Concept Group, a Guernsey-based provider of offshore corporate services and overseas pensions, has unveiled a new partnership with a private jet operator, which sees it helping the company to expand its regional footprint – and in the process, diversifying its own business.
Through its Concept Private offshore corporate services division, Concept said it had helped its private jet-operating client to obtain Guernsey’s second public category Air Operator Certificate (AOC) from Guernsey’s civil aviation registry.
The AOC was issued to a recently-formed, Guernsey-based aircraft management entity, known as Business Aviation Services Guernsey Ltd, Concept Group managing director Roger Berry told International Investment.
The first aircraft to be registered under the new AOC certificate is a Boeing 787 Dreamliner, which is expected to be hired for global use by wealthy individuals and government officials. It will not be based in Guernsey, where the airport isn’t large enough to accommodate it.
Going forward, Concept Private will continue to assist the company with a range of locally-based management services, as the airline builds its business, Berry said.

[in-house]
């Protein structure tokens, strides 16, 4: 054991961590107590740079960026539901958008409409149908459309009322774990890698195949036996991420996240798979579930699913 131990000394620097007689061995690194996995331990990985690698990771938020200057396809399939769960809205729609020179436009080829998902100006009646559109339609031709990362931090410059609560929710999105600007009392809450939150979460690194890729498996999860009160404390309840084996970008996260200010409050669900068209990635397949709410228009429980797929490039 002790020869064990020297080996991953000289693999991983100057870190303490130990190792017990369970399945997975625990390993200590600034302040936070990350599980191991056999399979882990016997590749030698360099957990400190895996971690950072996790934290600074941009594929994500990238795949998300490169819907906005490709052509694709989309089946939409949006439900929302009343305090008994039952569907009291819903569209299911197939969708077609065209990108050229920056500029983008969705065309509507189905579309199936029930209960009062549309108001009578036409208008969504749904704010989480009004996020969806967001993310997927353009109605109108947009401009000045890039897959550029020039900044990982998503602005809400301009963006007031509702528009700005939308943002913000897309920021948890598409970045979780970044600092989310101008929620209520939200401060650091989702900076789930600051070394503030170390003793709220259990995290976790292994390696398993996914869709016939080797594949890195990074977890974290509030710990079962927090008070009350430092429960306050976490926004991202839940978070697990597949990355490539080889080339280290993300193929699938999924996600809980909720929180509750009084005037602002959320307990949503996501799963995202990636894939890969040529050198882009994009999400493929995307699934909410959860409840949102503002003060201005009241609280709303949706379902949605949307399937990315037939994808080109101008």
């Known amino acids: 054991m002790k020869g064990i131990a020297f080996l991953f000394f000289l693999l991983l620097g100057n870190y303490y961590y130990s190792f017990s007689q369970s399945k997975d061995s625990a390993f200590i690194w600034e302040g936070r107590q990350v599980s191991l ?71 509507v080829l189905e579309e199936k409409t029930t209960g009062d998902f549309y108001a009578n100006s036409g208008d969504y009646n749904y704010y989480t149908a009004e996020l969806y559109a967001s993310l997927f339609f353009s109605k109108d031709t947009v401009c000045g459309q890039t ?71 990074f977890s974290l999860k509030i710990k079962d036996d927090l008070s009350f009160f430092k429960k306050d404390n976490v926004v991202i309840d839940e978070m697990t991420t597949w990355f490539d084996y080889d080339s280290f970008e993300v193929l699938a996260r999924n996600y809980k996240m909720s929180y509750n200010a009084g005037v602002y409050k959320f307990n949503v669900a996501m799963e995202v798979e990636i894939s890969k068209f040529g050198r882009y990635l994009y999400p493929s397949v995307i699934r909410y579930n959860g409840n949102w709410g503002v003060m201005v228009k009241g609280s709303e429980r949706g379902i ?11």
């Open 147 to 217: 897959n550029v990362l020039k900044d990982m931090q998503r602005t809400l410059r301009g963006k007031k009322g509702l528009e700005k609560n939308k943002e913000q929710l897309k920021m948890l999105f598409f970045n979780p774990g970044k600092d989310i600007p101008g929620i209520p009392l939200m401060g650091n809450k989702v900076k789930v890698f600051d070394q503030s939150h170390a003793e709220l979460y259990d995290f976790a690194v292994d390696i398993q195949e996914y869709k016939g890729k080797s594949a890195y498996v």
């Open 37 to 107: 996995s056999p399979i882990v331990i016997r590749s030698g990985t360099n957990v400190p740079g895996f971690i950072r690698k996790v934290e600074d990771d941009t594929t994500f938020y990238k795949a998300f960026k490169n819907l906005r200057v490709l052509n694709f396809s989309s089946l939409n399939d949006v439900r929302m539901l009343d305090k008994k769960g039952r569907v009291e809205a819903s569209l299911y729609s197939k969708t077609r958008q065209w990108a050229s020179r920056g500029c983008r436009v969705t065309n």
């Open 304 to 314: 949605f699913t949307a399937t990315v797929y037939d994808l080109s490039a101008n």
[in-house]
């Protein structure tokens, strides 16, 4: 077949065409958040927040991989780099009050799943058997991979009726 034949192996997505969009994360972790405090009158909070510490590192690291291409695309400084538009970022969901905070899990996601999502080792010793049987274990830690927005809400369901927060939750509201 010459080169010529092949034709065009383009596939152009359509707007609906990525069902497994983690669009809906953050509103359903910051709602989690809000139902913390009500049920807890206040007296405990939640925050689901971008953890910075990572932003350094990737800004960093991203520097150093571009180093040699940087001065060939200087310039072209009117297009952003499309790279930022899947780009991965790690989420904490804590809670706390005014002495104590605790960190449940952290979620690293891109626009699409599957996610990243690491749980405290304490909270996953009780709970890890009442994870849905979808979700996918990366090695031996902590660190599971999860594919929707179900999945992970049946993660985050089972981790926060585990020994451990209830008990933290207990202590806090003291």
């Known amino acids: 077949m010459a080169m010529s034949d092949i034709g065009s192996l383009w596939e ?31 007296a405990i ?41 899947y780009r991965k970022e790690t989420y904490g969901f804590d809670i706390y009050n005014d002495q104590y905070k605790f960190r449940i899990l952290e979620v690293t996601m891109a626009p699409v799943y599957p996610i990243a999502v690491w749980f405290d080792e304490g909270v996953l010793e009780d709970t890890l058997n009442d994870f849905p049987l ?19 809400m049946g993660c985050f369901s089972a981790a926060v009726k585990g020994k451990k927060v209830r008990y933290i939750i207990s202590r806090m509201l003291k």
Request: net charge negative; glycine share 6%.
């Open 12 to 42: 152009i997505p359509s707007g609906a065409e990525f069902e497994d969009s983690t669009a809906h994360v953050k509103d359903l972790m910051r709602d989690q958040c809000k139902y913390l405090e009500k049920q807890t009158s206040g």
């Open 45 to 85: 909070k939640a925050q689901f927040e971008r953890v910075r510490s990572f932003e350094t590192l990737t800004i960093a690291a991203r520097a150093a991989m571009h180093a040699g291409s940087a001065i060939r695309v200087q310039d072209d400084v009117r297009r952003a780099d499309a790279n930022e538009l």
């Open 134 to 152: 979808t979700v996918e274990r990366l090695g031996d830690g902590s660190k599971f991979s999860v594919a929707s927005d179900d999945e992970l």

“This partnership demonstrates the strengths of Guernsey as a well-regulated, safe and secure centre in an uncertain world,” Berry added.
Lyndon Trott, a non-executive director of Concept Group, said the registration highlighted Guernsey’s advantages, in aviation terms, over some of its rivals, including Jersey and the Isle of Man – which, he noted, under their current regulations, are only able to register aircraft used for private flights.
Aircraft registry launched in 2013
Guernsey’s 2-REG Aircraft Registry was established in December, 2013, although Guernsey didn’t issue its first AOC until 2016.
Like the business of boat registries, aircraft registration – along with such other offshoots of the aviation business as aircraft financing – is becoming a popular alternative line of business for small offshore centres.
Among the attractions for aircraft owners is that such centres often have a lower corporate tax rate than larger countries, in which their planes may actually be located. (Guernsey currently has a zero-10 corporate tax regime, meaning that most companies pay no income tax, and some, in the financial services, pay 10%; a few others pay 20%.)